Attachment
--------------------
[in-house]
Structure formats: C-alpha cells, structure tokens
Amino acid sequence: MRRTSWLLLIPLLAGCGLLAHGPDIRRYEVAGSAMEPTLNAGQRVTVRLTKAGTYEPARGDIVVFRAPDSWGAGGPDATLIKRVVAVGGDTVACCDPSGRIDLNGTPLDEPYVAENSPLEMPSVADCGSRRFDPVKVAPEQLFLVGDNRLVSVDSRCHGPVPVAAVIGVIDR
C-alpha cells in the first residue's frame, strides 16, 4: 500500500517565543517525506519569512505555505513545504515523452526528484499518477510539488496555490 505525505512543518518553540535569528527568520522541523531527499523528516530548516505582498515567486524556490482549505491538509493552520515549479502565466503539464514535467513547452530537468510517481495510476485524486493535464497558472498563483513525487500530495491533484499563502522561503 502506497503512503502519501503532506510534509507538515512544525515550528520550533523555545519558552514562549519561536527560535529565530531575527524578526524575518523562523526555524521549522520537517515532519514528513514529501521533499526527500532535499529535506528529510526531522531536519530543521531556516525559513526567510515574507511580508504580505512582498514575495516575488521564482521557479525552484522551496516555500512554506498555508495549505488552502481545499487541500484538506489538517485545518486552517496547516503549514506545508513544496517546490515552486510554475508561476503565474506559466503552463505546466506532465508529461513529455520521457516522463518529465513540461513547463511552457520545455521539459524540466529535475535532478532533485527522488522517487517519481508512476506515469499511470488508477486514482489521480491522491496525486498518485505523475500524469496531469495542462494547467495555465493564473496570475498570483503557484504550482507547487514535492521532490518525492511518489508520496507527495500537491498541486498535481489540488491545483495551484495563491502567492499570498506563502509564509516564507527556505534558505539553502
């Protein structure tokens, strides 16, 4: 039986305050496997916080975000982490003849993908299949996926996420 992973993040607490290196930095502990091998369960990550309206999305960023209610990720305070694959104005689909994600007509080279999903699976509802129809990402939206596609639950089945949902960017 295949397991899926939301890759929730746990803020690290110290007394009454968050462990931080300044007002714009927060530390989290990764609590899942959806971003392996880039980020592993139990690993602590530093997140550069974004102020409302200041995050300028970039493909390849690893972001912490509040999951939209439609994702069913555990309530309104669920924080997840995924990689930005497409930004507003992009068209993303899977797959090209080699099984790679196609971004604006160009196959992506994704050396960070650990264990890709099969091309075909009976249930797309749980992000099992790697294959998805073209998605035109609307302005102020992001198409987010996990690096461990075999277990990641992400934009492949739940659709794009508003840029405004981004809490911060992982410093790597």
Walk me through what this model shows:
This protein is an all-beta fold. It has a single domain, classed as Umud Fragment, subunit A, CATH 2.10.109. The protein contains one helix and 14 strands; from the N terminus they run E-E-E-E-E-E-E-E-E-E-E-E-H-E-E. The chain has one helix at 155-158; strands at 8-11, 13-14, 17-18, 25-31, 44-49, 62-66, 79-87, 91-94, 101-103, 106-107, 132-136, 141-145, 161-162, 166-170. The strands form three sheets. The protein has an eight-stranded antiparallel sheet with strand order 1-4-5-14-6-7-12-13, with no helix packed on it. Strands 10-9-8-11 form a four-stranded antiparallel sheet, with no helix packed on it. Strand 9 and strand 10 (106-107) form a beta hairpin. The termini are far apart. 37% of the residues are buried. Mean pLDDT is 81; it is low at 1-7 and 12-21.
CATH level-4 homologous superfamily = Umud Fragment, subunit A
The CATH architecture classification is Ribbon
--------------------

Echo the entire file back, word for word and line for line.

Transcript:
[in-house]
Structure formats: C-alpha cells, structure tokens
Amino acid sequence: MRRTSWLLLIPLLAGCGLLAHGPDIRRYEVAGSAMEPTLNAGQRVTVRLTKAGTYEPARGDIVVFRAPDSWGAGGPDATLIKRVVAVGGDTVACCDPSGRIDLNGTPLDEPYVAENSPLEMPSVADCGSRRFDPVKVAPEQLFLVGDNRLVSVDSRCHGPVPVAAVIGVIDR
C-alpha cells in the first residue's frame, strides 16, 4: 500500500517565543517525506519569512505555505513545504515523452526528484499518477510539488496555490 505525505512543518518553540535569528527568520522541523531527499523528516530548516505582498515567486524556490482549505491538509493552520515549479502565466503539464514535467513547452530537468510517481495510476485524486493535464497558472498563483513525487500530495491533484499563502522561503 502506497503512503502519501503532506510534509507538515512544525515550528520550533523555545519558552514562549519561536527560535529565530531575527524578526524575518523562523526555524521549522520537517515532519514528513514529501521533499526527500532535499529535506528529510526531522531536519530543521531556516525559513526567510515574507511580508504580505512582498514575495516575488521564482521557479525552484522551496516555500512554506498555508495549505488552502481545499487541500484538506489538517485545518486552517496547516503549514506545508513544496517546490515552486510554475508561476503565474506559466503552463505546466506532465508529461513529455520521457516522463518529465513540461513547463511552457520545455521539459524540466529535475535532478532533485527522488522517487517519481508512476506515469499511470488508477486514482489521480491522491496525486498518485505523475500524469496531469495542462494547467495555465493564473496570475498570483503557484504550482507547487514535492521532490518525492511518489508520496507527495500537491498541486498535481489540488491545483495551484495563491502567492499570498506563502509564509516564507527556505534558505539553502
């Protein structure tokens, strides 16, 4: 039986305050496997916080975000982490003849993908299949996926996420 992973993040607490290196930095502990091998369960990550309206999305960023209610990720305070694959104005689909994600007509080279999903699976509802129809990402939206596609639950089945949902960017 295949397991899926939301890759929730746990803020690290110290007394009454968050462990931080300044007002714009927060530390989290990764609590899942959806971003392996880039980020592993139990690993602590530093997140550069974004102020409302200041995050300028970039493909390849690893972001912490509040999951939209439609994702069913555990309530309104669920924080997840995924990689930005497409930004507003992009068209993303899977797959090209080699099984790679196609971004604006160009196959992506994704050396960070650990264990890709099969091309075909009976249930797309749980992000099992790697294959998805073209998605035109609307302005102020992001198409987010996990690096461990075999277990990641992400934009492949739940659709794009508003840029405004981004809490911060992982410093790597």
Walk me through what this model shows:
This protein is an all-beta fold. It has a single domain, classed as Umud Fragment, subunit A, CATH 2.10.109. The protein contains one helix and 14 strands; from the N terminus they run E-E-E-E-E-E-E-E-E-E-E-E-H-E-E. The chain has one helix at 155-158; strands at 8-11, 13-14, 17-18, 25-31, 44-49, 62-66, 79-87, 91-94, 101-103, 106-107, 132-136, 141-145, 161-162, 166-170. The strands form three sheets. The protein has an eight-stranded antiparallel sheet with strand order 1-4-5-14-6-7-12-13, with no helix packed on it. Strands 10-9-8-11 form a four-stranded antiparallel sheet, with no helix packed on it. Strand 9 and strand 10 (106-107) form a beta hairpin. The termini are far apart. 37% of the residues are buried. Mean pLDDT is 81; it is low at 1-7 and 12-21.
CATH level-4 homologous superfamily = Umud Fragment, subunit A
The CATH architecture classification is Ribbon